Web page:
# Number theory

There have been 4 completed talks, 1 document, and 12 topic suggestions tagged with number theory.

## Completed Talks

### Automatic sequences

Delivered by Laindon Burnett on Wednesday October 25, 2017

This talk will begin with a brief overview behind the theory of words in mathematics as well as the theory of finite automata in theoretical computer science. After this, we will define what an automatic sequence is, prove some fundamental theorems about them, and investigate some of their more intriguing properties. The majority of information presented comes from the text “Automatic Sequences: Theory, Applications, Generalisations” by Jean-Paul Allouche and the University of Waterloo's own Jeffrey Shallit, from the department of Computer Science.

The speaker has provided a PDF document covering the same content as this talk.

### $p$-adic Numbers

Delivered by Akshay Tiwary on Friday February 3, 2017

In this talk we will discover an alternate way to define the "size" of a ration al number. We will define the p-adic absolute value and see that this absolute value is Non-archimedean and that this fact leads to a a geometry that is very different from the geometry of the Real numbers (every p-adic triangle is isosc eles!). In addition I will show you some fun ideas from p-adic numbers (which I will denote by $\mathbb{Q}_p$ like the fact that $\sum_{n = 1}^{\infty} 3^n$ converges and how every element of $\mathbb{Q}_p$ has a base $p$ expansion. This is meant to be a very leisurely talk with almost no prerequisites and it should be fun so please come for it!

### Diophantine Approximation and the Discovery of Transcendental Numbers

Delivered by Anton Mosunov on Friday January 20, 2017

In 1844, Joseph Liouville discovered transcendental numbers — those numbers that are not roots of polynomials with rational coefficients. Nowadays, we see Liouville’s discovery as the foundation of Diophantine approximation, a fascinating subarea of number theory, which studies how well algebraic numbers can be approximated by the rationals. In my talk, I will prove the classical result of Liouville and explain further advances in the area, such as Thue’s theorem and the celebrated theorem of Roth, which enabled its discoverer to receive the Fields medal in 1958.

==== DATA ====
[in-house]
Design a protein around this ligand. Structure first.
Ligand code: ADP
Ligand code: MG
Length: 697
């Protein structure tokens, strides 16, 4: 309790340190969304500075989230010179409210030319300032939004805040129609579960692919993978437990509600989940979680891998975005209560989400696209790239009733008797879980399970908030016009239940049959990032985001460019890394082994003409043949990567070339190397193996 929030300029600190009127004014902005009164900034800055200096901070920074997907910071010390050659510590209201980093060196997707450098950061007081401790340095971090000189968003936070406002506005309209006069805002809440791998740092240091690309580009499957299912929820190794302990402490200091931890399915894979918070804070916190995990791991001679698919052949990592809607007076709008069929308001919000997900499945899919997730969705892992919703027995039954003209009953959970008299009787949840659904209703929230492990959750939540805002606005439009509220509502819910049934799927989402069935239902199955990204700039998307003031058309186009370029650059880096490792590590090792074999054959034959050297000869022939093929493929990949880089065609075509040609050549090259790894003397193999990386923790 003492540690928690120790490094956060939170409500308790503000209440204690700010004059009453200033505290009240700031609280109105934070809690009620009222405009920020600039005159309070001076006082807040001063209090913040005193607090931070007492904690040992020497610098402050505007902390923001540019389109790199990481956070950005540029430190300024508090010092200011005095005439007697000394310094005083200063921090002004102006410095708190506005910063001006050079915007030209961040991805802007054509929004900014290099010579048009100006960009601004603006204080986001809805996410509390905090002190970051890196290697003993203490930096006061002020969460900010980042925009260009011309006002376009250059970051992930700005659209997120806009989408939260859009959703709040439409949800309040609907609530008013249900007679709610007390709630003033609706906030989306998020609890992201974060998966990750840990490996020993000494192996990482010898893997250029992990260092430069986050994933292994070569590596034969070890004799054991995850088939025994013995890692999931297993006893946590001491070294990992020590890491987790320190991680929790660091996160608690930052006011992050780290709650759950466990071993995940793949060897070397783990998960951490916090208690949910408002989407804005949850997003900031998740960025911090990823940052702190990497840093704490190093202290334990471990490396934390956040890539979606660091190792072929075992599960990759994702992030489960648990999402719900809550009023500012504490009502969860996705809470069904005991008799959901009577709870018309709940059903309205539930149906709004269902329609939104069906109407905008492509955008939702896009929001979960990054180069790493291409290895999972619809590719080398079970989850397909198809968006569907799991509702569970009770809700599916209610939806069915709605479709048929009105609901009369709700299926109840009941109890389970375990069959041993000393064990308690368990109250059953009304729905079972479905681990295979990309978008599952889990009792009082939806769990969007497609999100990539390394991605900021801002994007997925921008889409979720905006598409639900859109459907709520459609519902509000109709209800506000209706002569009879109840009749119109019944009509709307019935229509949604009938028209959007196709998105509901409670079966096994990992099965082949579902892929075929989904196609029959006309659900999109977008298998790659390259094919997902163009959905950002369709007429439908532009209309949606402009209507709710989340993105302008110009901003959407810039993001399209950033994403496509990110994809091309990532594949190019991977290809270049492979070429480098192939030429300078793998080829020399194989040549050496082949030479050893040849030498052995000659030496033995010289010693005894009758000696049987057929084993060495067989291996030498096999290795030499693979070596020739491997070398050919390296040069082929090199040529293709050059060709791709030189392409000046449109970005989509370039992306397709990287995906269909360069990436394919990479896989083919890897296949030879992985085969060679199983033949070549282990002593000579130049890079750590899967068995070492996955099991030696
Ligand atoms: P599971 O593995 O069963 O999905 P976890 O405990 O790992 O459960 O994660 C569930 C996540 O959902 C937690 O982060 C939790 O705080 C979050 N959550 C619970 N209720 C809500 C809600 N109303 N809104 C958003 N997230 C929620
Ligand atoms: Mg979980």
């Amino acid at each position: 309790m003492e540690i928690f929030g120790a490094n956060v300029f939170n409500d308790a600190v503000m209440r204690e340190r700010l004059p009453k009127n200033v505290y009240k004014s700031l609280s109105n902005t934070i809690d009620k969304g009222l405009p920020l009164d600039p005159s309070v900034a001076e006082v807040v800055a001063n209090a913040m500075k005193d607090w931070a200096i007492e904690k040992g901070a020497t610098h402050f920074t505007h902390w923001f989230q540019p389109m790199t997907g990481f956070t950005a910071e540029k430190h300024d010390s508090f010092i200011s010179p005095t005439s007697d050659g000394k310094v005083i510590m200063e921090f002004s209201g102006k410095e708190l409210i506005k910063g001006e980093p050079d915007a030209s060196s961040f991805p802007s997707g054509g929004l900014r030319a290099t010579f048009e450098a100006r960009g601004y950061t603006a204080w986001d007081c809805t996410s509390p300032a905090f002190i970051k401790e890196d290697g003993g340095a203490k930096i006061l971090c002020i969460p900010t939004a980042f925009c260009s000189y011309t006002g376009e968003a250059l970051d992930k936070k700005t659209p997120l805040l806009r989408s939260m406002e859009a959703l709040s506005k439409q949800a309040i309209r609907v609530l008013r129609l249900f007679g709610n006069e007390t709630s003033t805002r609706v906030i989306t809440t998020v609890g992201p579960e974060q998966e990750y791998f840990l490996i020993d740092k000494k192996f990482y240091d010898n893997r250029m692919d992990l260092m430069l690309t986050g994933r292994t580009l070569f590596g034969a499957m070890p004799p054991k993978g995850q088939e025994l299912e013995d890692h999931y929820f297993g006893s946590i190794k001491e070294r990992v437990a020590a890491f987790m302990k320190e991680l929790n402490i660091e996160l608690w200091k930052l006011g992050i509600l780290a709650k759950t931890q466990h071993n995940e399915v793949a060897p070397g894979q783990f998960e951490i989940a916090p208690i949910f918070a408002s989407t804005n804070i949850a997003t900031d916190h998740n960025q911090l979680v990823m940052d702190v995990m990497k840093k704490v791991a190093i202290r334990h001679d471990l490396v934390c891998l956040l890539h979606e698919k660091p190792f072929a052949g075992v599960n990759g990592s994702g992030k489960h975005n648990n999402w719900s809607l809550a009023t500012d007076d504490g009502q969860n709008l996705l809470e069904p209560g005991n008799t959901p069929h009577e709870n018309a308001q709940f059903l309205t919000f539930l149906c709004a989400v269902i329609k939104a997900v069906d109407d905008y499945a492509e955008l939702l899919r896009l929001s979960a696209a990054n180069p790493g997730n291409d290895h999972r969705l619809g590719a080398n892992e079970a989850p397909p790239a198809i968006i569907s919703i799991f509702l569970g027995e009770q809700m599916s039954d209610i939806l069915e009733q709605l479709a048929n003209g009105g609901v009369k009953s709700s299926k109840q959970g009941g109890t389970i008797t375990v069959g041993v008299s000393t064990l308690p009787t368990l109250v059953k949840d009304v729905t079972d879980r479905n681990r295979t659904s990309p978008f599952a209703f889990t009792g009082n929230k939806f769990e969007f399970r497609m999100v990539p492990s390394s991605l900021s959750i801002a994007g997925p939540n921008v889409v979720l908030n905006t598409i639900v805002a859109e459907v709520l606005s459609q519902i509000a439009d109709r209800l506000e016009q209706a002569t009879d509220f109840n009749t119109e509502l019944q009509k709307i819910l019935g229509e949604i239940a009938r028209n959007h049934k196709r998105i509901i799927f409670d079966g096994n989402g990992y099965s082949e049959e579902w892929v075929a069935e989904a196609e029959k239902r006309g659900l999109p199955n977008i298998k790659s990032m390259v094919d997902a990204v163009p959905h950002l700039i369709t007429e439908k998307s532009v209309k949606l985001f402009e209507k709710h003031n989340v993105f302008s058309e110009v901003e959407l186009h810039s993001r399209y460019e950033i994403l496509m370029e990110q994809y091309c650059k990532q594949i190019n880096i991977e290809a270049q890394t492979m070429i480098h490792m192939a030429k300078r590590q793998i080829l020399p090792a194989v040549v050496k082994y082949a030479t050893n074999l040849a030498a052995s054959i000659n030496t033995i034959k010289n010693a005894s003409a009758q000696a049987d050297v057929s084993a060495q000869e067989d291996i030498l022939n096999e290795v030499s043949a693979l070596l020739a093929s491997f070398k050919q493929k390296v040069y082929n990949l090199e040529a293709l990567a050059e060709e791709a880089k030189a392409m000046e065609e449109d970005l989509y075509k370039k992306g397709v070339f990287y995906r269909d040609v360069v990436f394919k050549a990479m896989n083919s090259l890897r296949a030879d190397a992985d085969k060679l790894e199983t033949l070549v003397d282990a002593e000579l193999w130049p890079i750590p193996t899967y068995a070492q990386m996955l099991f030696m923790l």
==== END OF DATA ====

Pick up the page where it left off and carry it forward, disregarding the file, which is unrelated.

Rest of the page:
### Basic Elliptic Curves

Delivered by Akshay Tiwary on Friday November 18, 2016

Elliptic Curves lie in the intersection of Algebra, Geometry, Number Theory and Complex Analysis. While my talk won't require any experience with complex analysis or algebraic geometry, I hope to expose you to this active area of research. Although I could tell you that the meat of Wiles' proof of Fermat's Last Theorem involved proving a special case conjecture previously known as the Taniyama Shimura conjecture involving elliptic curves, or that the Birch and Swinnerton-Dyer conjecture is an open millenium prize problem that talks about the relation between the arithmetic behaviour of elliptic curves and the analytic behaviour of an L-function, or that elliptic curves over finite fields is so useful for cryptography that there was a memo that recommended elliptic curves for federal government use in 1999, I don't have to because you're a math student who will attend this talk without needing to be wowed with cool applications, right?

## Documents

This is a reference document on Quadratic Reciprocity by Fengyang Wang. It covers a subset of the material of PMATH 340 or PMATH 440.

## Talk Suggestions

### Almost Integers and Pisot Numbers

Sometimes some non-integers like $e^{π} - π = 19.9990999791...$ are curiously close to integers. While often this is just a numerical coincidence, sometimes there is a clear mathematical reason for certain numbers to be almost integers. Pisot numbers, which are special types of algebraic integers, provide a systematic means to construct almost integers that approximate integers at an exponential rate. Of course, Pisot numbers are interesting on their own right and an interested speaker can also venture into the connections to Beta expansions (see the 2nd and 3rd references below), or fractals (see the 4th reference below).

Required Background: Basic analysis at the level of 147 and 138, algebra at the level of 145. Any other background depends on the direction the speaker takes with this topic.

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### Continued Fractions and Hyperbolic Geometry

This topic studies the beautiful connection between continued fractions and the famous Farey tessekation of the hyperbolic plane.

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### Costas Arrays

Permutation matrices for which all $\frac{n(n-1)}{2}$ displacements between all pairs of 1s are distinct are known as Costas arrays, and these have important applications in sonar. The Welch construction of Costas arrays uses concepts from number theory, whereas the Lempel-Golomb construction uses concepts from field theory.

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### Dirichlet's Theorem on Primes in Arithmetic progression

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### Distribution of Primes Modulo p

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### Lattices, Linear Codes, and Invariants

This topic studies sphere packing and the connection to lattices and linear codes.

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### Markov Equation and Irrational Numbers

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### Patterns in Primes

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### The Joy of Factoring

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### The Riemann Hypothesis

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